Remember how your school days were divided into different subject periods? Do the same with your workdays now. Consider the major types of work you have before you and divide the day into work periods of an hour or so each. Schedule specific time slots to follow up with current clients, strategize to attract new ones, work on major projects, handle administrative tasks etc. Concentrate on one project or one type of work during each period until that time is up. Then, give yourself a break between tasks, just as if you were changing classes. Walk around or exercise for ten to fifteen minutes then return refreshed to tackle the next type of work.

Workdays are so busy that you won’t usually have enough time at one sitting to complete a large project. You’re better off breaking down most projects into smaller tasks. If you allocate certain time periods throughout the day for different types of tasks, you can make progress on all of them. This is more practical than devoting yourself exclusively to one project while all the others are neglected. Of course, there will be times when it’s more important to be 100 percent finished with a single high-priority project than to be 50 percent finished with several of lower priority. When that’s the case, make an exception and reallocate your other work to other days.

To squeeze all your activities into an already busy schedule, create weekly and/or monthly calendar templates. Using a spreadsheet, fill in your personal schedule and recurring commitments; then add your recurring business activities. Designate certain days for certain kinds of work. For example, choose a regular time slot that you’ll do bookkeeping and send out invoices and another when you’ll write your newsletter. Pick a time you’ll do social media marketing if that’s part of your business. Keep adjusting length and frequency of time slots until you can accommodate everything. Not only will you decide on specific times for all of your activities, you’ll also make conscious decisions about how much time each deserves. As you identify tasks that relate to each type of work, add the specifics to that time slot. You’ll quickly see if everything fits or if you’ll need to drop or outsource certain activities.

Once you’ve got a schedule that’s running smoothly, consider entering into your computer calendar so that these recurring time slots automatically appear. If you need to make adjustments occasionally, it’s easy to rearrange times on the computer.

Before you know it, the time slots you’ve reserved for different business activities will fill in with specific to-do actions and you’ll have your workdays automatically planned. That’s not to say you can’t make changes whenever something comes up; that’s one of the freedoms of working from home!

Relish routines

The more you can set up your workdays to operate on autopilot, the better off you’ll be. Your individual style will determine the exact nature of your individual routines, but the key is to have them. Know what you’re going to do each day and jump right in without giving yourself the chance to be distracted by something else you’d rather do.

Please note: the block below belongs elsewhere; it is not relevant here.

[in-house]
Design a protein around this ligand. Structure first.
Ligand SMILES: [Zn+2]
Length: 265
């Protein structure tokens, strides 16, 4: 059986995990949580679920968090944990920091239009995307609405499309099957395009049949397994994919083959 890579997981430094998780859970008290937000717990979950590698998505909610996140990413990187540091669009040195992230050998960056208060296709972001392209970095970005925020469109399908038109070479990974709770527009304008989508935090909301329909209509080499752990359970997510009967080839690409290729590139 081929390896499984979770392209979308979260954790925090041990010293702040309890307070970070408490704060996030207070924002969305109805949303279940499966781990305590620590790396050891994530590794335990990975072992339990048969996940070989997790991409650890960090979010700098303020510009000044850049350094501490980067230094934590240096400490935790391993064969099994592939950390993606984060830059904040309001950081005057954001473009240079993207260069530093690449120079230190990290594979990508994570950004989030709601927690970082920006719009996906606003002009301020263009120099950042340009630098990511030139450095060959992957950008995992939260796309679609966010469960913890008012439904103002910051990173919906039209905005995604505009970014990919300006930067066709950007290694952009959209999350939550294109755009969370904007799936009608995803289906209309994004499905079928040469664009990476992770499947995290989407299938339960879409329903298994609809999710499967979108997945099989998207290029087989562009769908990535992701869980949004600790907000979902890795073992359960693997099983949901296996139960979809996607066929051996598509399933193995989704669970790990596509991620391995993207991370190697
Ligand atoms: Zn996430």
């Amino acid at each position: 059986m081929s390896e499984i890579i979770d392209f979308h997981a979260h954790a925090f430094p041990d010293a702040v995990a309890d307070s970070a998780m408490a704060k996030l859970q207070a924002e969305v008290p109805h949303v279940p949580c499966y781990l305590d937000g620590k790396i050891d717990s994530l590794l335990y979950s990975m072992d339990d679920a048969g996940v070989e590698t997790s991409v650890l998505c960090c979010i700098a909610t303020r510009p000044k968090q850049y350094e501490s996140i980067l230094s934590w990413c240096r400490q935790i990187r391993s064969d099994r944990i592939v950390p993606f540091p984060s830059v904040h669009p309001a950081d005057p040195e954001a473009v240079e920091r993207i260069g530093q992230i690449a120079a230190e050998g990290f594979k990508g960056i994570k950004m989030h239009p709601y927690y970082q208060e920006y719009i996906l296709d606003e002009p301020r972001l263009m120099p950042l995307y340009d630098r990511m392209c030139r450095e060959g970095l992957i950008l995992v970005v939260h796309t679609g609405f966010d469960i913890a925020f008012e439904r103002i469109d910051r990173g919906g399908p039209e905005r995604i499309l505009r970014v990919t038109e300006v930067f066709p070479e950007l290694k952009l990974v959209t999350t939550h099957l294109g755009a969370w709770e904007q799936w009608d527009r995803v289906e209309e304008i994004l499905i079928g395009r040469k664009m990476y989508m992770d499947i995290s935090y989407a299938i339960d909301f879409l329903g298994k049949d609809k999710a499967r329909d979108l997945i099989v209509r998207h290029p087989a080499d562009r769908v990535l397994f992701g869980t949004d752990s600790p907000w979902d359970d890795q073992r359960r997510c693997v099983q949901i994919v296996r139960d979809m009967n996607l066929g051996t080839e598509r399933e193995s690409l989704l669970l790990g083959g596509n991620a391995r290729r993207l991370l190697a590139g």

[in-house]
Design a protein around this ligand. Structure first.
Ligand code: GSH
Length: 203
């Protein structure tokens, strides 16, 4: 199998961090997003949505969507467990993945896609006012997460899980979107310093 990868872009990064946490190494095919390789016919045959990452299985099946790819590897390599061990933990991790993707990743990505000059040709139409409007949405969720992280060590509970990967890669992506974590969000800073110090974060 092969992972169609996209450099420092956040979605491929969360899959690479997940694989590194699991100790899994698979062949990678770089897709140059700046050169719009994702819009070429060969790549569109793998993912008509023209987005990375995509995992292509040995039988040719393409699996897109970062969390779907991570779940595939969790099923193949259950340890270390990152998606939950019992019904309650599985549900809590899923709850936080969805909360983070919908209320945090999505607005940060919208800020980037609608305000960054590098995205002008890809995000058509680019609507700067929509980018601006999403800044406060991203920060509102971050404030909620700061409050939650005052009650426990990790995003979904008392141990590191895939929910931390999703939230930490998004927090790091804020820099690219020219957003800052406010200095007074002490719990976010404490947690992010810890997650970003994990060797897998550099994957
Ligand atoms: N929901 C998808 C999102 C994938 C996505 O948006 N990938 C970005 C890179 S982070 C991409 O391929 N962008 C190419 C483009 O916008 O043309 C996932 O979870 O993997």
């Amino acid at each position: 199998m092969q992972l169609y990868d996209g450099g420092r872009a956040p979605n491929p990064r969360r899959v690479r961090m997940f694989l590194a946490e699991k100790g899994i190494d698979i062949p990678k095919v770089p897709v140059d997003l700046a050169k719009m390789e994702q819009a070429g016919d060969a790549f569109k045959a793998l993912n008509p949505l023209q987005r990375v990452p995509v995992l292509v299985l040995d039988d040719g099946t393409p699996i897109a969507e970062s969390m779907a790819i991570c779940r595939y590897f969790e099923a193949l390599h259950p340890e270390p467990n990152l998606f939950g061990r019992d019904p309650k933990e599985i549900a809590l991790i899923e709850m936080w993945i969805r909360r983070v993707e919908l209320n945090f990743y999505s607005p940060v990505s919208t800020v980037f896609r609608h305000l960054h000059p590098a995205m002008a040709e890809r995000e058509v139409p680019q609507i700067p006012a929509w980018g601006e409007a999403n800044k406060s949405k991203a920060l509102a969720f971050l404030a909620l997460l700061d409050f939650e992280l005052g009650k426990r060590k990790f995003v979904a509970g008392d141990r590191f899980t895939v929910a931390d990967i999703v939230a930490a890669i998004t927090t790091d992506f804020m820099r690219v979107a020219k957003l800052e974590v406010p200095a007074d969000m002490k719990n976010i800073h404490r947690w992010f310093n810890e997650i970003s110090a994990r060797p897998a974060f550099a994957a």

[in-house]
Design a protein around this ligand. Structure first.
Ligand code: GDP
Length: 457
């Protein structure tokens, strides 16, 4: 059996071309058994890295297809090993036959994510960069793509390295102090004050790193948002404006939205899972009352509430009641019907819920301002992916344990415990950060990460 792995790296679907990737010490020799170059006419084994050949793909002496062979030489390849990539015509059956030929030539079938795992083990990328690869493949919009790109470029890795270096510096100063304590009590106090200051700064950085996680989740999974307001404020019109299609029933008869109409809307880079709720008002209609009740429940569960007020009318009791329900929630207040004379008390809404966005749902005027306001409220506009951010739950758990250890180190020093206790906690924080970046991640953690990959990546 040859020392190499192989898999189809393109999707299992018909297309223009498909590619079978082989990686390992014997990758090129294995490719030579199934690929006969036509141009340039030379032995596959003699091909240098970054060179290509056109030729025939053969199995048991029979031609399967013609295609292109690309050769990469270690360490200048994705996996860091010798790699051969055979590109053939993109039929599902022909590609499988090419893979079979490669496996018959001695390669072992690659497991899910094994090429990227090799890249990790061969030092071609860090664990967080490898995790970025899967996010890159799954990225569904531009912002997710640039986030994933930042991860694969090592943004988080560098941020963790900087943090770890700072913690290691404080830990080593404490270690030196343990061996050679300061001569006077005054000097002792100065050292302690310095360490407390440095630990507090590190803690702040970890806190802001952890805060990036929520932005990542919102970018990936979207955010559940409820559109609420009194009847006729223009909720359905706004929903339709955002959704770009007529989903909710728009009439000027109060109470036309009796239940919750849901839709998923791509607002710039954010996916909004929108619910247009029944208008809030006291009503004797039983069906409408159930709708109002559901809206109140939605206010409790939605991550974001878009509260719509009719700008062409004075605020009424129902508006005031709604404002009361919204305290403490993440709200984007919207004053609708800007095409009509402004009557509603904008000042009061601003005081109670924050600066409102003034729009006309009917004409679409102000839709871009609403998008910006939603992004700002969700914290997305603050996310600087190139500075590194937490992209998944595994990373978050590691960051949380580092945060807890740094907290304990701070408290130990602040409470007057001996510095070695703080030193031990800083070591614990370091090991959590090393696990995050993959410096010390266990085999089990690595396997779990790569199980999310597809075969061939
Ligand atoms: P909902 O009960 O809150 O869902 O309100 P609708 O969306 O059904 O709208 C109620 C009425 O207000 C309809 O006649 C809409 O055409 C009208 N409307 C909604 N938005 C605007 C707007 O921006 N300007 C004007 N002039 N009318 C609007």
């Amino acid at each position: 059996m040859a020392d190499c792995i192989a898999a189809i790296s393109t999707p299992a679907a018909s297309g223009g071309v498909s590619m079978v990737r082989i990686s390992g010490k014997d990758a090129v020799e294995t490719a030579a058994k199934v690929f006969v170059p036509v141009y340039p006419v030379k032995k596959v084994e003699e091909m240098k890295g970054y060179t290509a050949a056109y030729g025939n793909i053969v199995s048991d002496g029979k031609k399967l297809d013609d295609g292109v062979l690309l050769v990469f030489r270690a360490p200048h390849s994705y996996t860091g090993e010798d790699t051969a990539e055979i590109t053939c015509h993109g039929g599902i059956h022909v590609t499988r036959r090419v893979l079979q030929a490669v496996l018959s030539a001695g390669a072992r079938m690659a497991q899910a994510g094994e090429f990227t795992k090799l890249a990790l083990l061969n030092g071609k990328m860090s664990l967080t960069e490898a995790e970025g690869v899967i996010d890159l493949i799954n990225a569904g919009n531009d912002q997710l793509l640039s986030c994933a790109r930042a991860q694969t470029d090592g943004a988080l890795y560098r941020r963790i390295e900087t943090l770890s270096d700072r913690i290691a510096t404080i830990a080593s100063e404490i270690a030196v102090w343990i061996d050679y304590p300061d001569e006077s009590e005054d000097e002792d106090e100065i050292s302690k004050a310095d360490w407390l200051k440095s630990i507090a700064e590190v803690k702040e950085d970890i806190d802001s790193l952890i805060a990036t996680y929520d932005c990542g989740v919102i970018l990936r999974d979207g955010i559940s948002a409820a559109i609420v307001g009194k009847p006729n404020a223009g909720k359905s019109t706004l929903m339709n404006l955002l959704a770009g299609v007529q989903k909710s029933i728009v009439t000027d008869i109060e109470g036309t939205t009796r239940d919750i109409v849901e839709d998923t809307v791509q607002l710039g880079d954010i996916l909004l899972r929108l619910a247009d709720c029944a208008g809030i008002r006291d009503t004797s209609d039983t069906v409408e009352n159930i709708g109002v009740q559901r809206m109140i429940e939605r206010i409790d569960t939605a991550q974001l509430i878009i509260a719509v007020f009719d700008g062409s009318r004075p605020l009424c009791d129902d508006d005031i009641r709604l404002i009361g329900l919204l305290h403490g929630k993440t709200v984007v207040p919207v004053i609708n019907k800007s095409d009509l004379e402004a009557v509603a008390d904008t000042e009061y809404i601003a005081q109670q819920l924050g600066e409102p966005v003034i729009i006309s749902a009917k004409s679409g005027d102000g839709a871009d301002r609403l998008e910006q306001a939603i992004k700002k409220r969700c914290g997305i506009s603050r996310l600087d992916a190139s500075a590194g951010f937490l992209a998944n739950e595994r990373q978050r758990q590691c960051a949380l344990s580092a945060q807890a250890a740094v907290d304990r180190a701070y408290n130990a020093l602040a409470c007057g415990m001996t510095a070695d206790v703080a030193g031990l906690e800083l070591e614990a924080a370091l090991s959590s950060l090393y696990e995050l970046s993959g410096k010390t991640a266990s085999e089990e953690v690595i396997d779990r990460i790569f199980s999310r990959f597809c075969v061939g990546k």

You may think of routines as boring, but your subconscious interprets them as peaceful and consistent. You’ll save time and energy every day making hundreds of little decisions. When your mind doesn’t have to make decisions about small things, it’s free for concentrating on more important tasks throughout the day. Following are some good routines to incorporate into your day:

- Create a morning ritual that helps you make that mental transition from being “at home” to being “at work.” Every morning, get up, shower, and get dressed. No one works effectively in their pajamas.

- When you work, close the door to shut out distractions and interruptions.

- Take note of personal and household patterns during the day. Work on important issues when your energy and attention are at their peak and household distractions are low.

- Make a list of the three high-priority things you want to accomplish each day and don’t open your email program until the first one is done.

- Process email only at pre-scheduled times.

- Each time you use a file, quickly go through it and see if anything is outdated and can be tossed.

- As you notice or use the items in your office each day, evaluate them. If they’re no longer useful, get rid of them.

- Set up multiple out-of-office appointments on the same day to consolidate travel time.

- If appointments are made well in advance, call the day before to confirm.

- Create a file for driving directions to places you go infrequently so you won’t need to ask or look them up again.

- When you finish the priority items on your list, reward yourself.

- Every night create your to-do list and schedule for the following day.

- Take 15 - 30 minutes at the end of each workday to restore order to your office. Leave your office with a clean desk except for the next day’s folder from your tickler file. You’ll appreciate it the next morning when you walk into an office that’s ready for work.

Author's Bio: 

Internationally known organizing and time management expert Elaine Quinn has worked with hundreds of small business owners and work-from-home solopreneurs for more than 10 years. She helps them organize their offices, desks and files; set goals and priorities; and increase their overall productivity.

A work-from-home professional herself, Elaine knows just what it takes to help you get better organized, stay energized and motivated, and get things done in your workspace. If you love working from home, and want more information on topics that will help you, get your FREE copy of her e-book, "15 Ways to Save Time and Trouble for You and Your Business" at her website,